Anthem MRX 740 AV Receiver Review

hccbestbuybadgev3Anthem has given its MRX AV receivers a long-overdue upgrade. Steve Withers takes the new seven-channel model for a spin

Anthem's range of AV processors and receivers finally get an update, and at some point in the past five years it looks like the Canadian manufacturer drew inspiration from the Scandinavians. The new models are elegant, minimalist, and a definite step up from the dated appearance of the previous generation. But are they just surface charm, or is more going on underneath?

Before we get into the nitty-gritty, let's run through the new lineup. It's headlined by the AVM 70 15.1-channel AV processor, followed by three AV 'receivers' (there's no radio tuner onboard): the MRX 1140 with 11 amp channels and 15.1 processing; the MRX 740 (tested here) with seven channels inside and processing for 11.1; and the MRX 540 with five built-in amplifiers and 7.1-channel processing.

Aside from the differing amplification and processing capabilities, they all have the same suite of features, including decoding for Dolby Atmos, DTS:X and IMAX Enhanced. They also support AirPlay 2, Chromecast, Spotify Connect and Roon, plus Anthem's excellent ARC Genesis room correction software (more on that later).

Paint It Black
The new look is a two-tone winner, with the left side of the receiver's front facia finished in black glass, while the right is matte black. There's a big volume dial with buttons on either side for power, mute, inputs, and navigating the menus, but the only other feature on the front is a full-sized headphone jack.

While easy to read, the front display is somewhat disappointing. It provides minimal information, is rather prosaic, and has none of the colourful feedback found on the T 778 receiver from Canadian rival NAD. In fact, below the surface gloss, Anthem's menu system is essentially the same as the previous generation.


These menus are accessed via the front panel or remote control, appearing on the display and the screen – although neither is ideal. Thankfully, Anthem has introduced a new web-based interface that provides complete access to all the setup menus in a comprehensive and clearly laid-out fashion. In terms of initial setup, this is definitely the way to go.

For day-to-day use the zapper works just fine. Buttons are sensibly placed and kept to a minimum, with everything you need to effectively control the main and secondary zones. There's also a backlight for use in a darkened room.

As the mid-range model, the MRX 740 is clearly designed to give a taste of object-based audio using its onboard 5.1.2-channel system, while also providing the option for expansion up to a 7.2.4 configuration if desired.

For those who fancy taking the latter route, Anthem offers a trio of power amps with matching styling: the two-channel MCA 225, the three-channel MCA 325, and the five-channel MCA 525. Bizarrely Anthem doesn't make a four-channel version, which is what you actually need to expand the MRX 740 to 11 channels and take the MRX 1140 up to the full 15.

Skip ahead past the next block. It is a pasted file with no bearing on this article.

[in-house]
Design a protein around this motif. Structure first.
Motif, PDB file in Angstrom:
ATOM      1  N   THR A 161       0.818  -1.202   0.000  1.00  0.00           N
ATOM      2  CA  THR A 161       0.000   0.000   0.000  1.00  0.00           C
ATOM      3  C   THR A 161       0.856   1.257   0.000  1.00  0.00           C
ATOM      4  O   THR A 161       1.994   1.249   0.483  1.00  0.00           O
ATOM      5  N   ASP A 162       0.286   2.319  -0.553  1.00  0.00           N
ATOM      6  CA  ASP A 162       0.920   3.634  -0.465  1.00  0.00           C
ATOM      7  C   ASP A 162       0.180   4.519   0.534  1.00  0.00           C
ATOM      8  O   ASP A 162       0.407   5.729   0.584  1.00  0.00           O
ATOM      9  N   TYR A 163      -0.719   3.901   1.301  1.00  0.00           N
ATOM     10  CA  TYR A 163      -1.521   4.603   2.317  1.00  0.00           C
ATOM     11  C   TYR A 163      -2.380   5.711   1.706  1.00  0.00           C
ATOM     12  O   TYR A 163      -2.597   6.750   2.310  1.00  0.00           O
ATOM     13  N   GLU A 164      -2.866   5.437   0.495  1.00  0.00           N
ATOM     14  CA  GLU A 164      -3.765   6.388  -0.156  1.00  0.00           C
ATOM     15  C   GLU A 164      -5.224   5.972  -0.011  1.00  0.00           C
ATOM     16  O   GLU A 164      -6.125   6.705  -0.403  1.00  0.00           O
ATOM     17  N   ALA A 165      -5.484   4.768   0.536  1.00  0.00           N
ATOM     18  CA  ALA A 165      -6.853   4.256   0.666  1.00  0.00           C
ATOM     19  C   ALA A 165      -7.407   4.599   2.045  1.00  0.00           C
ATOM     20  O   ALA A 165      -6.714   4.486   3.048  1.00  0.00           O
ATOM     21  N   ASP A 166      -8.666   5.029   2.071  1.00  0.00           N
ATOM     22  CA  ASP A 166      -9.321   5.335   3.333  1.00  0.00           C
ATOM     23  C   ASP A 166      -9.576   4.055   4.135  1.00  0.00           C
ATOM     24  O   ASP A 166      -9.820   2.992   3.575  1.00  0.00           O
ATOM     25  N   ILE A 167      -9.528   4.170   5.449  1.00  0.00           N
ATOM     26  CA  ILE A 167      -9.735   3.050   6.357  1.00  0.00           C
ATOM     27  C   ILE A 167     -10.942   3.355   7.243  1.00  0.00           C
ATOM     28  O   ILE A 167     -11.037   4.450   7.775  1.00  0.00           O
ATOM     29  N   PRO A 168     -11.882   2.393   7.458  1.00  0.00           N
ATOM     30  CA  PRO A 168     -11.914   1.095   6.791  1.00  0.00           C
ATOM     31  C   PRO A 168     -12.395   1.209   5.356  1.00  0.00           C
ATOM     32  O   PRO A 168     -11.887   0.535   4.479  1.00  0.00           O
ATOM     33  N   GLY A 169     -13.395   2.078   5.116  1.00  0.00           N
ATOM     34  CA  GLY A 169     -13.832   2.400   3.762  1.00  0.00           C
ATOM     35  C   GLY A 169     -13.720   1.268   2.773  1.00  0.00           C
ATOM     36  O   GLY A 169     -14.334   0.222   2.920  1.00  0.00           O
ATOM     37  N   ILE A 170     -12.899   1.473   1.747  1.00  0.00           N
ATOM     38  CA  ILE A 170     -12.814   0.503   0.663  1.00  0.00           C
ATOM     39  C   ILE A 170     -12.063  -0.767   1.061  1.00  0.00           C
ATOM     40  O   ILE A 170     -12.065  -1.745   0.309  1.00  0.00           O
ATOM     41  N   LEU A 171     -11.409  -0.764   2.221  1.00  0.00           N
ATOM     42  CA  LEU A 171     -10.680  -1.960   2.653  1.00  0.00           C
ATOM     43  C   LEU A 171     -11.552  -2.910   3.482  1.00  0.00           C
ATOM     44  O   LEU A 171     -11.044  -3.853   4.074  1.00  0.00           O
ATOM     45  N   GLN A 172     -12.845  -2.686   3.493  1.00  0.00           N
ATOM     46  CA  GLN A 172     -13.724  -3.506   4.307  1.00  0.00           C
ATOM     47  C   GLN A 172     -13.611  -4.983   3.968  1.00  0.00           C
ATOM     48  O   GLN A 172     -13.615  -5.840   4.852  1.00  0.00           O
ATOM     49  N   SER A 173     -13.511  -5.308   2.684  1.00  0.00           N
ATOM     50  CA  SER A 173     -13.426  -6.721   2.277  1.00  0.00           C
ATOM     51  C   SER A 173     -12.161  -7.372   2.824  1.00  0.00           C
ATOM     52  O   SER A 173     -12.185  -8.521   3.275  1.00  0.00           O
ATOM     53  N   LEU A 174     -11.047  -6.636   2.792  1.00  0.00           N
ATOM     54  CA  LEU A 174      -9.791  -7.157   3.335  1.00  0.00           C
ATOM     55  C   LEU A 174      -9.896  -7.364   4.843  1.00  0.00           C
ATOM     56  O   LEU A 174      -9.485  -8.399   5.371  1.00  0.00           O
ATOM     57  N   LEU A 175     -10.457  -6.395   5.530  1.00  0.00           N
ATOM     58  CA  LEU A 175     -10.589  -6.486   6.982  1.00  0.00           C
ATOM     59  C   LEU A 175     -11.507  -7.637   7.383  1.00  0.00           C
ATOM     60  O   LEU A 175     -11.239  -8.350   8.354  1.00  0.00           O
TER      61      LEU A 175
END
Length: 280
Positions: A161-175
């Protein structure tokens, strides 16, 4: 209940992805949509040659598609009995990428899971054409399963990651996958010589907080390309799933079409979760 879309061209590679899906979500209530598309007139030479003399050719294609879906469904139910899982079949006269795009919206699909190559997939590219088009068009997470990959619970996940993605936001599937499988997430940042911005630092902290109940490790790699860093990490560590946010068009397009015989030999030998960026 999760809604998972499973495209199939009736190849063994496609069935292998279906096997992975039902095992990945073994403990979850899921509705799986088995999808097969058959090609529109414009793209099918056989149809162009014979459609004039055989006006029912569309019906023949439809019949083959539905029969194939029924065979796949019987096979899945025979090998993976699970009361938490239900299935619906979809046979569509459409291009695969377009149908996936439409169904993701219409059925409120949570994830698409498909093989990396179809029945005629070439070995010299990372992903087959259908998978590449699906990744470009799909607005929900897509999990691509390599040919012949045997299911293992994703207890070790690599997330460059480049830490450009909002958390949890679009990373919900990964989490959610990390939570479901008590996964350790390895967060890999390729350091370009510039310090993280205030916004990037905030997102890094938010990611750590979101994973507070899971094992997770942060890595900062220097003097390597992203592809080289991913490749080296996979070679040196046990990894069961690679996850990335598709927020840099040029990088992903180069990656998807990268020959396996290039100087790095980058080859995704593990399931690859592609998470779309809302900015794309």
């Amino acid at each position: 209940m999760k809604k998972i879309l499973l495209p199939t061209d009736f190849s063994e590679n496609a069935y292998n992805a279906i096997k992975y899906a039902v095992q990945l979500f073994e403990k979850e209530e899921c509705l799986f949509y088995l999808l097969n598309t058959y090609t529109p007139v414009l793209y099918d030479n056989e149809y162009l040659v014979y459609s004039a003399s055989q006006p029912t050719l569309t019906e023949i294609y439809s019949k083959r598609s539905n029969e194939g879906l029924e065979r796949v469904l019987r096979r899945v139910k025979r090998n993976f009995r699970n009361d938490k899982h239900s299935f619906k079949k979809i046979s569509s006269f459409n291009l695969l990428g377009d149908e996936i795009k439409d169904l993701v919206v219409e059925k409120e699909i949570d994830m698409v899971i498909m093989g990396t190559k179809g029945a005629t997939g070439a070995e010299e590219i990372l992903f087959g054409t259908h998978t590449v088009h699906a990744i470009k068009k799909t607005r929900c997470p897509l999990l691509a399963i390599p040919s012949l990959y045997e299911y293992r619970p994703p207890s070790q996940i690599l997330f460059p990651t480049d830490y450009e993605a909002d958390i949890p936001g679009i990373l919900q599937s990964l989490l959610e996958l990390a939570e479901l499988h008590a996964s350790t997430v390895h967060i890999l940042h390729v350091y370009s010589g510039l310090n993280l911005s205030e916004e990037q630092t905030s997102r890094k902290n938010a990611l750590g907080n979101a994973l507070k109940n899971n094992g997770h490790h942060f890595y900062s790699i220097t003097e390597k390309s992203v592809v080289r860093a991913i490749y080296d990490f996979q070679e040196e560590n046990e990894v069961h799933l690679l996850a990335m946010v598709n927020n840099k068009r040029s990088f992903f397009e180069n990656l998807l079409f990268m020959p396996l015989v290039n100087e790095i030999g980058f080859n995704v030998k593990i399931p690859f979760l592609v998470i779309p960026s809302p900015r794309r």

With this new AVR generation, you can reassign the onboard channels in a number of different ways, allowing unused power to bi-amplify demanding front speakers, drive surrounds or height speakers, or even cover a second zone. For example, if you add a more capable two-channel power amp for front left and right, you can reassign those built-in amplifier channels elsewhere.

Speaking of which, the MRX 740 sports five channels of Class A/B rated at 170W into 6 ohms or 140W into 8 ohms (both measured with two channels driven), and an additional two channels of Class B rated at 75W (6 ohms) and 60W (8 ohms) when driven together.


On the back panel are seven HDMI inputs and three HDMI outputs. One output is dedicated to second zone AV, the main one supports eARC, and all ports are compliant with a full house of HDR formats (HDR10, HLG and Dolby Vision). Anthem is also planning an HDMI 2.1 8K upgrade early next year, ensuring a degree of future-proofing.

Other connections include five analogue inputs, three optical digital inputs, a pair of coaxial digital inputs, and a service use-only USB port There are also IR input, 12V trigger and an RS232 connections. Anthem supports third-party control solutions like Control4 and Crestron.


Dual antennas aid Wi-Fi and Bluetooth, and Ethernet is on hand if prefer a wired hookup. Network installation is relatively straightforward, although you'll need the Google Home app to set up the wireless connection.


Aside from that it's just a case of connecting source devices, choosing the system layout (the MRX 740 defaults to 7.1), and wiring up the speaker terminals, which support different configurations depending on how you assign the channels. There are two subwoofer outputs (although both run off the same mono signal), and 11.1-channel pre-outs.

ARC Attack
One of the big selling points of an Anthem processor or receiver is the inclusion of ARC (Anthem Room Correction). The MRX 740 supports the latest iteration – ARC Genesis – and includes an upgraded calibrated microphone (based on the popular UMIK-1), along with a USB cable and mic stand.